Call of Duty $1.50 Wager Dispute Results in Casualty Due to “Swatting” in Kansas

A man in Wichita, Kansas, is dead after police shot and killed him during a response to what was thought to be an on-going hostage situation that turned out to be a hoax. Police are now investigating the incident to determine if a case of “swatting” occurred as a result of a wager dispute between two Call of Duty players.

“Swatting,” for those not familiar with the term, is when a person contacts emergency services to report fake criminal behavior (usually a hostage situation) that results in an aggressive police response involving tactical personnel.

It all started when two Call of Duty players were having a dispute regarding a $1.50 wager they had made for a Call of Duty: WWII match on the custom tournament website UMGgaming.

During the dispute, the two players threatened to SWAT each other, with one player attempting to call the other player’s bluff, going as far as providing a fake address in private messages on Twitter. In response, the player reached out to a man known for swatting to have him carry out the act.

The man then phoned 911 emergency services claiming to have shot his father and to be holding his mother and younger brother hostage in a one-story house with his father’s pistol.

As a result, police surrounded the private home and demanded the shooter to vacate the house with his hands up. A man stepped outside of the home, being ordered by police to continue walking forward when suddenly he was shot. After being transferred to the hospital, the man was pronounced dead.

When news broke about the tragedy, the player who provided the phony address tweeted saying “Someone tried to swat me and got an innocent man killed.”

The man who allegedly called 911 to report the phony situation tweeted that “the kids (sic) house I swatted is on the news,” and followed up two hours later with a tweet laying blame for the death on the officer who killed the Wichita man, stating that “I DIDNT (sic) GET ANYONE KILLED BECAUSE I DIDNT (sic) DISCHARGE A WEAPON AND BEING A SWAT MEMBER ISNT (sic) MY PROFESSION.”

After the tweets, the man was interviewed on the show Drama Alert by host Daniel ‘Keemstar’ Keem where he discussed the incident in detail:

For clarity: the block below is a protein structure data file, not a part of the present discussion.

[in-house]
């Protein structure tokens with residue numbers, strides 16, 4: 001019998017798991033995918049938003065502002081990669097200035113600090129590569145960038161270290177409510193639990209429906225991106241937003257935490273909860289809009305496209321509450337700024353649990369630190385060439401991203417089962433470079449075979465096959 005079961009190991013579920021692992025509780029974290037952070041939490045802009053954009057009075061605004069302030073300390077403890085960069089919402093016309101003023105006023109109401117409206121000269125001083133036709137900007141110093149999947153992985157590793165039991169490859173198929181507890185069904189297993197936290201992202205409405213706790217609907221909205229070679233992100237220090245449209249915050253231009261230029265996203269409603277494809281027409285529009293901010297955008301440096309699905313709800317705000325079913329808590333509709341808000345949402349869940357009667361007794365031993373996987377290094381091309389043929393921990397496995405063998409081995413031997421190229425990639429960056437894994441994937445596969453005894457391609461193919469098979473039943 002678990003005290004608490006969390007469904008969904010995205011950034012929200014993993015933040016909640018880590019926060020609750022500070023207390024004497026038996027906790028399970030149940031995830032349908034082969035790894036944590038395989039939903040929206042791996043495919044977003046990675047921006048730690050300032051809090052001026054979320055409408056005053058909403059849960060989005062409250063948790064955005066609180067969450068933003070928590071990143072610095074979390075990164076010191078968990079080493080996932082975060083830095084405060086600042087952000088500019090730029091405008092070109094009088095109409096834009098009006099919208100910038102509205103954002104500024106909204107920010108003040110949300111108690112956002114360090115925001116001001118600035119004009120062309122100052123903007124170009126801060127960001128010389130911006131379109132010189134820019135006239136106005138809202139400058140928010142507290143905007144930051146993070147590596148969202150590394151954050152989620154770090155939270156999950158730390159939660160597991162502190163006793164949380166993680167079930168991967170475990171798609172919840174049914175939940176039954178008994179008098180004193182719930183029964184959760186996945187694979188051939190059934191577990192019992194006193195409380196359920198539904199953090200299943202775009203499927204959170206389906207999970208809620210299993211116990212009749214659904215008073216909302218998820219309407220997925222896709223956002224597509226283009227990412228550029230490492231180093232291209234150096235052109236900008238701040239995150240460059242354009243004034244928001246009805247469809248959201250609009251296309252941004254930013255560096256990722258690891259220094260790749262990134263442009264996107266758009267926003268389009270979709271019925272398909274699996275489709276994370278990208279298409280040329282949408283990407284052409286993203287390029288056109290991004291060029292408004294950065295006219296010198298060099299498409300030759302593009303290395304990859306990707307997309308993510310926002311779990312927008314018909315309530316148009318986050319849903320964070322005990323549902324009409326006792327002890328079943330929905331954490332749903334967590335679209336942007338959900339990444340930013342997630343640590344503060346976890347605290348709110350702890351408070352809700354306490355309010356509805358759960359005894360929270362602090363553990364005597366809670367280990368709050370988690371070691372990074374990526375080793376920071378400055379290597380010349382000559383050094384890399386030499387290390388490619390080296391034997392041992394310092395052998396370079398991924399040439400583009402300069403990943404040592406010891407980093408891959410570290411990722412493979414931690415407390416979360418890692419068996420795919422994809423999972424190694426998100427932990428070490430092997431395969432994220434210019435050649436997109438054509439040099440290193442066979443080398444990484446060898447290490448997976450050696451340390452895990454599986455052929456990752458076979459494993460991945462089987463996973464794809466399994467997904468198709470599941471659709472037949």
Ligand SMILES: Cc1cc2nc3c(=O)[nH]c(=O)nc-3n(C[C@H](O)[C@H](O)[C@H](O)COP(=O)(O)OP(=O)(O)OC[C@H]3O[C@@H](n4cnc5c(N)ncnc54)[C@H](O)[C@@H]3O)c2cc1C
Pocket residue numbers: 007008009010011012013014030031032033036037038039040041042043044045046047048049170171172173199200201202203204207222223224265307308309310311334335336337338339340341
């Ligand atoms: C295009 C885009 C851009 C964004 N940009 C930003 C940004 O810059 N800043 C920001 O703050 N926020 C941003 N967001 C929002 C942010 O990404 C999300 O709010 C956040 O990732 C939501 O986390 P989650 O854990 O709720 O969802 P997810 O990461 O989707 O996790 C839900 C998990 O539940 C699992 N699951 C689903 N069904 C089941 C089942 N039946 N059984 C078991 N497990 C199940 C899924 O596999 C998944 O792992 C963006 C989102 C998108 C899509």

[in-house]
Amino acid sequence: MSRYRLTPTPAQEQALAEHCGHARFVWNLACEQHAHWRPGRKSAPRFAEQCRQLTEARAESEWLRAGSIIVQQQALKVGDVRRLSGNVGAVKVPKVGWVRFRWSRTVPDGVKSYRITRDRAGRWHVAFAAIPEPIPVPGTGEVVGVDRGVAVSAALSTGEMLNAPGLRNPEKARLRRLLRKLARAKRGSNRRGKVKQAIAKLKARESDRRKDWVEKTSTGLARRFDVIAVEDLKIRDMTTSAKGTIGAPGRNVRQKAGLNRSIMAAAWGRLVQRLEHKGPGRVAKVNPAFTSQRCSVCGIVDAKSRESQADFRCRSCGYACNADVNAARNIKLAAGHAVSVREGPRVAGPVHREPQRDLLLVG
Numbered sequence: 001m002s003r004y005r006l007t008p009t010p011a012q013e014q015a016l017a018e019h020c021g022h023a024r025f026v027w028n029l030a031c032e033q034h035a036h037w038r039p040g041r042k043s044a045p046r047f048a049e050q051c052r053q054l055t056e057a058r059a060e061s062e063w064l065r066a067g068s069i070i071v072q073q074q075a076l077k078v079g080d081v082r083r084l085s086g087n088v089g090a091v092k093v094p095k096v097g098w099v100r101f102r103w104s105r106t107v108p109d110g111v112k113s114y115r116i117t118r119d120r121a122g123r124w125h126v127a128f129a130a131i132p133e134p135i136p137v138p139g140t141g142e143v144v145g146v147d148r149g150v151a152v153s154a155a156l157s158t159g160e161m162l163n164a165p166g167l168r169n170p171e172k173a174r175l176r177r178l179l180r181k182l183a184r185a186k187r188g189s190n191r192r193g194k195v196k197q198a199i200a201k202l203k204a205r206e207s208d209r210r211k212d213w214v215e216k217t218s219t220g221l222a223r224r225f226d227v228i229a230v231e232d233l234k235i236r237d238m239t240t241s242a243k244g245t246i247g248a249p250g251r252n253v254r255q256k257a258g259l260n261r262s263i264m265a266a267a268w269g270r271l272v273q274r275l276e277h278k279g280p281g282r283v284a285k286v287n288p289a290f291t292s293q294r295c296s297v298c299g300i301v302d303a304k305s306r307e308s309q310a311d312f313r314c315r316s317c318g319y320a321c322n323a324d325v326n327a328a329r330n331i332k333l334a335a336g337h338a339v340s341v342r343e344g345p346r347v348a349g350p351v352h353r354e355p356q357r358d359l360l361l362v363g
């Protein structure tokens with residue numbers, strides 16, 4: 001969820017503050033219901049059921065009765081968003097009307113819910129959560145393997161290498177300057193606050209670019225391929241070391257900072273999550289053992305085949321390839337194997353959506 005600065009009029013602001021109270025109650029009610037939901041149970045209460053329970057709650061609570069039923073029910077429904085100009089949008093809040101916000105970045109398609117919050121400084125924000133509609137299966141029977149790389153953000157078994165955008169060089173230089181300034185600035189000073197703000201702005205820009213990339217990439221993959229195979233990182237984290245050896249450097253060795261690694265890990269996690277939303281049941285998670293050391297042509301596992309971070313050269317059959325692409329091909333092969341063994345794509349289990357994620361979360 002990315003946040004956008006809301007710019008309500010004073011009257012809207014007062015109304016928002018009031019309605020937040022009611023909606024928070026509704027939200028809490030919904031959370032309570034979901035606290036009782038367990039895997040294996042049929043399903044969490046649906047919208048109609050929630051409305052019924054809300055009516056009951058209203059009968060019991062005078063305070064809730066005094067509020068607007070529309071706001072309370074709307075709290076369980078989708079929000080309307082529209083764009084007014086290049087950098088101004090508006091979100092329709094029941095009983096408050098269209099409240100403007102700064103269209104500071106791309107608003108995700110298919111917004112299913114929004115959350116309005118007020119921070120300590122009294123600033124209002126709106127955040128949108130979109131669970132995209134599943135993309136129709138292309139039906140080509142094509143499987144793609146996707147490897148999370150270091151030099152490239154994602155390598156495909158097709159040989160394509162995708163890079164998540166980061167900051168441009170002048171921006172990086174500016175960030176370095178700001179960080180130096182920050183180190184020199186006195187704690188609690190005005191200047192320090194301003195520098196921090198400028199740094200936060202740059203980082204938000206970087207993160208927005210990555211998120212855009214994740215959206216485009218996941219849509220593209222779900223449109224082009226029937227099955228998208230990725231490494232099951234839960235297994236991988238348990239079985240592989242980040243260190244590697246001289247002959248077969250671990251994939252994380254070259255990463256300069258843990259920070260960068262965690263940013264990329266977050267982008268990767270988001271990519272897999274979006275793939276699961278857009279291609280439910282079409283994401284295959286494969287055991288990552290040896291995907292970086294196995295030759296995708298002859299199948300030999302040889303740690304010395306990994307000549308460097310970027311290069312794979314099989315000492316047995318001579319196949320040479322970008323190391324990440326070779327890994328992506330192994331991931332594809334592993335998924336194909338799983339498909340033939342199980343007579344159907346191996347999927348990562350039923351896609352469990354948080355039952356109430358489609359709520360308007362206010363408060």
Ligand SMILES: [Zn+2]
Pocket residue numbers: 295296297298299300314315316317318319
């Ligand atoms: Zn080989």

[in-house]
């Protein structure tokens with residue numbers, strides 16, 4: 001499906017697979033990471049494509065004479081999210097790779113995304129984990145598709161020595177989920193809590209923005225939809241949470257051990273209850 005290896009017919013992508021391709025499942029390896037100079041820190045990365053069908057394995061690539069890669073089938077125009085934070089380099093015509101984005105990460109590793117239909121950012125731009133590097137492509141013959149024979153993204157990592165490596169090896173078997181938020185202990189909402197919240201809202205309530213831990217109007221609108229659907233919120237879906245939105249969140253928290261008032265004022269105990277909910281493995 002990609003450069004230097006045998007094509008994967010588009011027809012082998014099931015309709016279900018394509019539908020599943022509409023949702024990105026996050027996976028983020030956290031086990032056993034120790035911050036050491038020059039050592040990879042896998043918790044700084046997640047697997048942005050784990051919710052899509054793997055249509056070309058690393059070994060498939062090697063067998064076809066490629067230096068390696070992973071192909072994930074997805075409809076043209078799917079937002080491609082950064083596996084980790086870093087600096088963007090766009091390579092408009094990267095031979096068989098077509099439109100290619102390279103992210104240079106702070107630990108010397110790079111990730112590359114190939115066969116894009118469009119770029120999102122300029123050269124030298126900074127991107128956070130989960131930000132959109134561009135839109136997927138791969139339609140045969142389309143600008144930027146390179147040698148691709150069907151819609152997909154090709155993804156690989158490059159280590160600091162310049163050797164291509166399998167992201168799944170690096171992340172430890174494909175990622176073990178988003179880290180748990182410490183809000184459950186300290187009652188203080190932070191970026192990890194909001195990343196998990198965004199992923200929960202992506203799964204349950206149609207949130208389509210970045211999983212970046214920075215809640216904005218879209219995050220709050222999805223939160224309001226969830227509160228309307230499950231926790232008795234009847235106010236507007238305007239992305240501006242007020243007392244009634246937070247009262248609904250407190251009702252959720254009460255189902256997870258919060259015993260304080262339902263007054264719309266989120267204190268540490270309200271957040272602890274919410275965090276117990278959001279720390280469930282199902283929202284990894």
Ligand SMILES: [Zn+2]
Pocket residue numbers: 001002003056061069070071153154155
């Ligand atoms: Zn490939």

I was minding my own business at the library, someone contacted me and said ‘hey dude this fucking retard just gave me his address and he thinks nothing is going to happen, uh you wanna uh you know uh prove him wrong,’ and i said sure i love swatting kids who think that nothing is going to happen and then uh i followed the kid he wanted me to swat[on twitter] and the kid that he wanted me to swat sent me a dm saying uhm he basically messaged me with an address saying uh well im waiting for you to do something pussy this and that and then uhm you know uh an attempt was made to swat that address.

Keemstar responded by asking if the man did swat the address and if he was the one who reported the fake hostage situation, to which the man replied “Sure, right. Yup.”

The man later reinforced his earlier tweets laying blame on the numerous individuals involved in the incident, even saying that it is debatable on who should take responsibility.

“Do you feel sad about it? Like, If I caused somebody to die like that I wouldn’t be able to sleep. Is there any empathy,” Keemstar asks the man.

The man responded by saying that he did not feel that he was responsible saying “It’s my personal belief that I didn’t cause someone to die… I guess.”

Following the interview, the man was identified by police as 25-year-old Tyler Barriss and arrested at his Los Angeles home. Bariss was involved in a similar incident in 2015 where he contacted emergency services to report that he had placed a bomb at ABC Studios. After police determined the call to be false, Bariss was arrested and charged with false report of a bomb.

The victim, identified by family as Andrew Finch, did not play video games because “he had better things to do,” his mother said. Mr. Finch is survived by his two children, ages two and seven.

Source: The Eagle

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